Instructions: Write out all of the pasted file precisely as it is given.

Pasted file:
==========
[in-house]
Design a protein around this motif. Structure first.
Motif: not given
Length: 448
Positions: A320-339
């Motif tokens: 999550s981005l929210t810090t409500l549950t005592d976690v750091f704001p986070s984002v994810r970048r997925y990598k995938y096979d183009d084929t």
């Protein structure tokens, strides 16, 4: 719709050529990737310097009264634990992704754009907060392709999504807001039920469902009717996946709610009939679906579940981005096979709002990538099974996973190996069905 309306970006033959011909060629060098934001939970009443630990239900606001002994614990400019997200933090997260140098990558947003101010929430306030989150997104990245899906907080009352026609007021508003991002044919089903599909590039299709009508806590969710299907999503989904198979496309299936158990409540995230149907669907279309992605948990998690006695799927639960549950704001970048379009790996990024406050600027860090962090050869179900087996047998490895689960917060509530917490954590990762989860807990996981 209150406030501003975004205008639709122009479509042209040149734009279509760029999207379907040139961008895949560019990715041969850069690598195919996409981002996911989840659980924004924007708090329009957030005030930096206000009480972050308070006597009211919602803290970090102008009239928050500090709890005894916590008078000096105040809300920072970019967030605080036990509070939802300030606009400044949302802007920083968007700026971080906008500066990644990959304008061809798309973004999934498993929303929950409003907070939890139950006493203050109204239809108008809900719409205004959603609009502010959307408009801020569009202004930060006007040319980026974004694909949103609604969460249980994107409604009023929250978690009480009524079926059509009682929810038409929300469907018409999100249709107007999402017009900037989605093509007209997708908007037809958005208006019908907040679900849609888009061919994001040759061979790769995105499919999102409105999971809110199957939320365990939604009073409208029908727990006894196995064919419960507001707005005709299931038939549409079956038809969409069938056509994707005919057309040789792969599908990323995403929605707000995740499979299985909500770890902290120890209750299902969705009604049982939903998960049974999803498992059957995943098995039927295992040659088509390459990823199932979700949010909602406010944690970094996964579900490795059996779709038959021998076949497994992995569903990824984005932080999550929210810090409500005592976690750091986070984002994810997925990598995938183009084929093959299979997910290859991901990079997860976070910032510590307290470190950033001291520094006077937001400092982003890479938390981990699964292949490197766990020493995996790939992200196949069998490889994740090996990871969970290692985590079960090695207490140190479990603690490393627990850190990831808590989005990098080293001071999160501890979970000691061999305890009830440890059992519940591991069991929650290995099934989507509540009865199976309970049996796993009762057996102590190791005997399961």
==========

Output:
[in-house]
Design a protein around this motif. Structure first.
Motif: not given
Length: 448
Positions: A320-339
């Motif tokens: 999550s981005l929210t810090t409500l549950t005592d976690v750091f704001p986070s984002v994810r970048r997925y990598k995938y096979d183009d084929t």
């Protein structure tokens, strides 16, 4: 719709050529990737310097009264634990992704754009907060392709999504807001039920469902009717996946709610009939679906579940981005096979709002990538099974996973190996069905 309306970006033959011909060629060098934001939970009443630990239900606001002994614990400019997200933090997260140098990558947003101010929430306030989150997104990245899906907080009352026609007021508003991002044919089903599909590039299709009508806590969710299907999503989904198979496309299936158990409540995230149907669907279309992605948990998690006695799927639960549950704001970048379009790996990024406050600027860090962090050869179900087996047998490895689960917060509530917490954590990762989860807990996981 209150406030501003975004205008639709122009479509042209040149734009279509760029999207379907040139961008895949560019990715041969850069690598195919996409981002996911989840659980924004924007708090329009957030005030930096206000009480972050308070006597009211919602803290970090102008009239928050500090709890005894916590008078000096105040809300920072970019967030605080036990509070939802300030606009400044949302802007920083968007700026971080906008500066990644990959304008061809798309973004999934498993929303929950409003907070939890139950006493203050109204239809108008809900719409205004959603609009502010959307408009801020569009202004930060006007040319980026974004694909949103609604969460249980994107409604009023929250978690009480009524079926059509009682929810038409929300469907018409999100249709107007999402017009900037989605093509007209997708908007037809958005208006019908907040679900849609888009061919994001040759061979790769995105499919999102409105999971809110199957939320365990939604009073409208029908727990006894196995064919419960507001707005005709299931038939549409079956038809969409069938056509994707005919057309040789792969599908990323995403929605707000995740499979299985909500770890902290120890209750299902969705009604049982939903998960049974999803498992059957995943098995039927295992040659088509390459990823199932979700949010909602406010944690970094996964579900490795059996779709038959021998076949497994992995569903990824984005932080999550929210810090409500005592976690750091986070984002994810997925990598995938183009084929093959299979997910290859991901990079997860976070910032510590307290470190950033001291520094006077937001400092982003890479938390981990699964292949490197766990020493995996790939992200196949069998490889994740090996990871969970290692985590079960090695207490140190479990603690490393627990850190990831808590989005990098080293001071999160501890979970000691061999305890009830440890059992519940591991069991929650290995099934989507509540009865199976309970049996796993009762057996102590190791005997399961």